And the same, pretty much, goes for the latest spectacular Western reversal in Iraq. As Islamist – or Sunni or Saddamist – forces cut a swathe through Mosul and Tikrit, leaving hundreds of thousands of refugees in their wake and threatening chaos across the region, the only message – from deep in the bowels of Whitehall – is some muttering about no British armed intervention.

We should be thankful, I suppose, for small mercies – especially, as it seems, recruitment to the army reserves is lagging far behind the cuts in our regular forces. The UK’s capacity to act, even if it wanted to, is curtailed. At last, perhaps, our aspirations will have to be aligned with economic reality.

Still, the choices that have been made seem a trifle strange. The only action the Government has taken in recent weeks – when the Ukraine crisis was at its height – was to send a plane to Nigeria (which broke down) and some Special Forces to help look for 200 abducted schoolgirls.

When you put all this together, you want to ask whether we have not gone from one extreme – all-out intervention at the drop of a tin hat – to another: a Foreign Secretary who poses for pictures with celebrities, even as the world erupts in flames to the east and the south. No, we don’t have to dispatch the troops, even if we had any, but the UK could surely say something sensible in response.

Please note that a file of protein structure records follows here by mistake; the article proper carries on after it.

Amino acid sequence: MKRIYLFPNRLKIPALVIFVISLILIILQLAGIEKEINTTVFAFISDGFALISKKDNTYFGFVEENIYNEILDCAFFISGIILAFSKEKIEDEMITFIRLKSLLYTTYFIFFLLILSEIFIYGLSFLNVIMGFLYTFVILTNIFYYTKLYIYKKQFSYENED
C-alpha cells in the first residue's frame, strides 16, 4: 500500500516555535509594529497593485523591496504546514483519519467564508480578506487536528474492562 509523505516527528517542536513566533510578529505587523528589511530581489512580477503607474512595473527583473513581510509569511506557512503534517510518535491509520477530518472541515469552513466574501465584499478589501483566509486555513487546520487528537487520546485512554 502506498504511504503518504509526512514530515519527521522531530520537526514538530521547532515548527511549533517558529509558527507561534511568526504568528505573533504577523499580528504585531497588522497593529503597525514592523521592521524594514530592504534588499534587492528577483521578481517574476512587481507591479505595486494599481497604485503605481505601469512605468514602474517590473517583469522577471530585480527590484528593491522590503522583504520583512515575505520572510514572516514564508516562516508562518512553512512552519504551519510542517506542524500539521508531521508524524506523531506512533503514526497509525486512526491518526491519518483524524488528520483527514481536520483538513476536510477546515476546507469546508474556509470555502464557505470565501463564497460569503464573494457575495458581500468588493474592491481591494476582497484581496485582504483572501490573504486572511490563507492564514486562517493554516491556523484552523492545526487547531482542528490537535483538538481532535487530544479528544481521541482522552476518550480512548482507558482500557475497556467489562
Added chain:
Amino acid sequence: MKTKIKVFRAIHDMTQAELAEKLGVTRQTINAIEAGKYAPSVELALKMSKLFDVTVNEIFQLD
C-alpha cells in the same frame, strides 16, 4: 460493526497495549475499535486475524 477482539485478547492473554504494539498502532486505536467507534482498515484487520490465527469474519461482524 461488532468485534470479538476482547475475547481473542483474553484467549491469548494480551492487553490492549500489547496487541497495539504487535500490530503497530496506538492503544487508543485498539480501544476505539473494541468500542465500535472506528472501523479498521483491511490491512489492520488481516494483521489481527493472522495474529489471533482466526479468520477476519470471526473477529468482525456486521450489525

There’s room for faith and cultural sensitivity in modern medicine

The reports published this week by the education watchdog, Ofsted, on 21 Birmingham schools left me in two minds, as did the “Trojan Horse” claims of infiltration that prompted them. If we have a system, as we do, that produces state schools where more than 90 per cent of pupils are Muslim and the Government allows, even encourages, a school to cultivate its own ethos, can we really be surprised some of them turn out to be more Islamic in character than non-Muslim Britain might like?

There is one area, though, where there is a good argument for making more allowances for cultural and religious sensitivity. The day the reports were released found me at an east London seminar, held as part of the Ethnic Health Initiative, where speakers considered mental health provision in areas with large Muslim populations.

This is some of what I learned. Psychiatry and psychology as practised in the Western world owe much to the thinking of Freud and Jung. Mental health provision provided under the NHS tends to reflect this, and presupposes a largely secular outlook, which may not suit people from an Eastern religious background, especially Muslims, and deter them from seeking treatment.

Muslim speakers argued at very least for a recognition of difference that would not reject religious and cultural specifics out of hand. They suggested ways in which Muslims might be encouraged to accept help for depression, say, without being made to feel their faith was somehow defective.

Such sensitivity towards religious background might usefully be observed, I suspect, not just in relation to Britain’s Muslims, but more broadly. Even in this secular age, belief is a part of many people’s psychological make-up. Is it too fanciful to hazard that our modern tendency to discount any religious context could be making some people’s mental health problems worse?